Guest post by Hugh McIntyre for the TuneCore Blog
In a post that went up last week on this the TuneCore Blog, I discussed some of the key benefits associated with creating and releasing an EP as a musician. They’re fun for both the artist behind them and the fans, and they can be useful in strategic ways for those making a living off of their music…but as is the case with anything in this world, there are also plenty of downsides.
If you’re thinking of working on an EP after checking out the first part of this article series, or maybe if you’re still not sure if going in this direction is a good fit, it’s worth looking at some of the downsides connected to EPs, which I’ve listed and explained below.
1. EPS STILL REQUIRE TIME AND MONEY
Because of the fact that EPs only feature between three and eight songs, they are typically cheaper to record, and they don’t take quite as much time to write and produce. In fact, they can require about half of the resources necessary for a full-length, which is a sentence that will surely excite cash-strapped artists who feel the need to create.
While an EP won’t run you nearly as much as a full album, that doesn’t mean they come cheap. Anytime you step into a studio to record more than one song, the bill is likely going to come to several hundred dollars, if not thousands. When you add paying for people to mix, master, and engineer the songs you just crafted, and also tack on the expenses of a photographer or designer for the cover, creating the physical edition of the EP (if you’re going that route), and distributing the thing, these bite-sized pieces of music can still sap your bank account of treasured funds.
2. THEY DON’T RETAIN INTEREST AS LONG
When you release a full album, your fans are probably going to rush to buy it or stream it in full, and in less than an hour, they will have consumed what took you months, or possibly even years, to compose and record. Some won’t return to the collection, while others will press replay on the complete tracklist, or perhaps just a few favorites, which is ideal.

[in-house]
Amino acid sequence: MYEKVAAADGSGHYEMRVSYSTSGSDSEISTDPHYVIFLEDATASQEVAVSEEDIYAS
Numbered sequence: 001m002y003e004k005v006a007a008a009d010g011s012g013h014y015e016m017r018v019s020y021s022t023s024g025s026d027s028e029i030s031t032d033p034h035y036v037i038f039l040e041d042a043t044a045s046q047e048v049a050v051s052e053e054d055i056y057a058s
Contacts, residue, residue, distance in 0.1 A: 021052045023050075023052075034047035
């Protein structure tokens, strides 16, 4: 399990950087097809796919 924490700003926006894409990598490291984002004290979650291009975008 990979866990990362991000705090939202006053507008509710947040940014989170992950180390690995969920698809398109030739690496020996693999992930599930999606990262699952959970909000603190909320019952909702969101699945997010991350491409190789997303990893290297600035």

If you’re lucky, fans will continue to stay interested in your latest album for months or maybe a year, during which time you can push singles, release music videos, tour behind the project, and rack up as many streams and sales as possible.
Since there isn’t as much music featured on an EP and the release of a short album doesn’t typically demand the same promotional and touring efforts, the lifespan of one isn’t nearly as long. You might pour just as much of your love and attention into making the best music as possible, but by calling it an EP, even your biggest fans might not hold on and keep listening as long as you’d like.
3. EPS SELL FOR LESS
One of the biggest benefits of creating an EP is that you can sell them at a lower price point. That makes these short records attractive when fans see them on your merch table at a concert or in your online store, and you might be able to convince some people to buy a physical or digital copy when they might otherwise stay away.
Having said that, the lower price point is a double-edged sword, as it can also hurt you as an artist. Selling a collection of songs that took weeks or months to finish for just three or four dollars is tough, both to watch and to stomach financially. Sure, it’s a few extra bucks that might not have found their way to you otherwise, but unless you can move a large number of EPs, perhaps the upfront investment might just be too much for some.
4. LACK OF MEDIA ATTENTION
When you have a new album ready for the world, it’s a fantastic time to begin reaching out to the media, either on your own or by employing the services of a public relations or publicity firm.
Blogs and magazines typically pay attention when you have a full album on the way, or, at least, that’s when you stand the best chance of getting them to notice you. Full album campaigns usually mean there’s a single, music videos, and a tour, and that might mean a complete story is just waiting to be told.
Just as is the case with some fans, media outlets might not be as eager about your EP, and they might be less willing to report on your three-song collection, as it’s just not quite as thrilling, and it doesn’t always make for a good headline. Even some major artists who offer EPs in between albums have a difficult time accruing the same number of press mentions they would if a complete record was on the way.
Hugh McIntyre writes about music and the music industry and regularly contributes to Forbes, Sonicbids, and more.